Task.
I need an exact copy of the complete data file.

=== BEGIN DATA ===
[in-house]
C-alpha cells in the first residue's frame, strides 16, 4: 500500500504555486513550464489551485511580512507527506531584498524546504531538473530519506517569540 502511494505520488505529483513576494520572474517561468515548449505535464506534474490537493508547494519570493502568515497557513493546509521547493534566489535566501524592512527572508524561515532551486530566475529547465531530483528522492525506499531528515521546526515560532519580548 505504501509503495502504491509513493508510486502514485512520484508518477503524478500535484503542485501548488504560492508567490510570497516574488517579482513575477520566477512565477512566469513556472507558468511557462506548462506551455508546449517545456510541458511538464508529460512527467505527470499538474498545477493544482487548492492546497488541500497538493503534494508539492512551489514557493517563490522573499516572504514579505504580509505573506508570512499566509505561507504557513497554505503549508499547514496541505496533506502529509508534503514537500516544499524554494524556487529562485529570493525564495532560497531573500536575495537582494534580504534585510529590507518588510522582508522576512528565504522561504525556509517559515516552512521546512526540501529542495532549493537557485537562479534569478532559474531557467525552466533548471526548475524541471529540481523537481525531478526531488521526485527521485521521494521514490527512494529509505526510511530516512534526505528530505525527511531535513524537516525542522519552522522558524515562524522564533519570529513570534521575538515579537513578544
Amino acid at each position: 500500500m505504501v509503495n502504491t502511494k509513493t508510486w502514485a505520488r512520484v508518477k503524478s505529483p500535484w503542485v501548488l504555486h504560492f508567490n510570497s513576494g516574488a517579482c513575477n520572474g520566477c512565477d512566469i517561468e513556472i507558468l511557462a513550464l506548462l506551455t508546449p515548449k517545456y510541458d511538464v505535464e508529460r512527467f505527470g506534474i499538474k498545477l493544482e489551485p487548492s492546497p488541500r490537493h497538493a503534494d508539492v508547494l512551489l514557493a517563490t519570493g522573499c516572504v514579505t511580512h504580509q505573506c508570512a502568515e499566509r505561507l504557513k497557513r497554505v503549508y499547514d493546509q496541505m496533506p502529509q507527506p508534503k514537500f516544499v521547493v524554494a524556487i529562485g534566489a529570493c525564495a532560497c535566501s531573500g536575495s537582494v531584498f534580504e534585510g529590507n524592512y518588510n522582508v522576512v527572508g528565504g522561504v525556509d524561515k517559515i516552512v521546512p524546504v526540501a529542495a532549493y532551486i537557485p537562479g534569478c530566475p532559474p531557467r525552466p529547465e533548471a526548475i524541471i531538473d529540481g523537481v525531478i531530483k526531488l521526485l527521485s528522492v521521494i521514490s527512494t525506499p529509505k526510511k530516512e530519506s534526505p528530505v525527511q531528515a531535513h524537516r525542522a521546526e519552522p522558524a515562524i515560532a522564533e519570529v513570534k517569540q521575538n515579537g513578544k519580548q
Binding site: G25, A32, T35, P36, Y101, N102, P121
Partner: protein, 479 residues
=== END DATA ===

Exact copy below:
[in-house]
C-alpha cells in the first residue's frame, strides 16, 4: 500500500504555486513550464489551485511580512507527506531584498524546504531538473530519506517569540 502511494505520488505529483513576494520572474517561468515548449505535464506534474490537493508547494519570493502568515497557513493546509521547493534566489535566501524592512527572508524561515532551486530566475529547465531530483528522492525506499531528515521546526515560532519580548 505504501509503495502504491509513493508510486502514485512520484508518477503524478500535484503542485501548488504560492508567490510570497516574488517579482513575477520566477512565477512566469513556472507558468511557462506548462506551455508546449517545456510541458511538464508529460512527467505527470499538474498545477493544482487548492492546497488541500497538493503534494508539492512551489514557493517563490522573499516572504514579505504580509505573506508570512499566509505561507504557513497554505503549508499547514496541505496533506502529509508534503514537500516544499524554494524556487529562485529570493525564495532560497531573500536575495537582494534580504534585510529590507518588510522582508522576512528565504522561504525556509517559515516552512521546512526540501529542495532549493537557485537562479534569478532559474531557467525552466533548471526548475524541471529540481523537481525531478526531488521526485527521485521521494521514490527512494529509505526510511530516512534526505528530505525527511531535513524537516525542522519552522522558524515562524522564533519570529513570534521575538515579537513578544
Amino acid at each position: 500500500m505504501v509503495n502504491t502511494k509513493t508510486w502514485a505520488r512520484v508518477k503524478s505529483p500535484w503542485v501548488l504555486h504560492f508567490n510570497s513576494g516574488a517579482c513575477n520572474g520566477c512565477d512566469i517561468e513556472i507558468l511557462a513550464l506548462l506551455t508546449p515548449k517545456y510541458d511538464v505535464e508529460r512527467f505527470g506534474i499538474k498545477l493544482e489551485p487548492s492546497p488541500r490537493h497538493a503534494d508539492v508547494l512551489l514557493a517563490t519570493g522573499c516572504v514579505t511580512h504580509q505573506c508570512a502568515e499566509r505561507l504557513k497557513r497554505v503549508y499547514d493546509q496541505m496533506p502529509q507527506p508534503k514537500f516544499v521547493v524554494a524556487i529562485g534566489a529570493c525564495a532560497c535566501s531573500g536575495s537582494v531584498f534580504e534585510g529590507n524592512y518588510n522582508v522576512v527572508g528565504g522561504v525556509d524561515k517559515i516552512v521546512p524546504v526540501a529542495a532549493y532551486i537557485p537562479g534569478c530566475p532559474p531557467r525552466p529547465e533548471a526548475i524541471i531538473d529540481g523537481v525531478i531530483k526531488l521526485l527521485s528522492v521521494i521514490s527512494t525506499p529509505k526510511k530516512e530519506s534526505p528530505v525527511q531528515a531535513h524537516r525542522a521546526e519552522p522558524a515562524i515560532a522564533e519570529v513570534k517569540q521575538n515579537g513578544k519580548q
Binding site: G25, A32, T35, P36, Y101, N102, P121
Partner: protein, 479 residues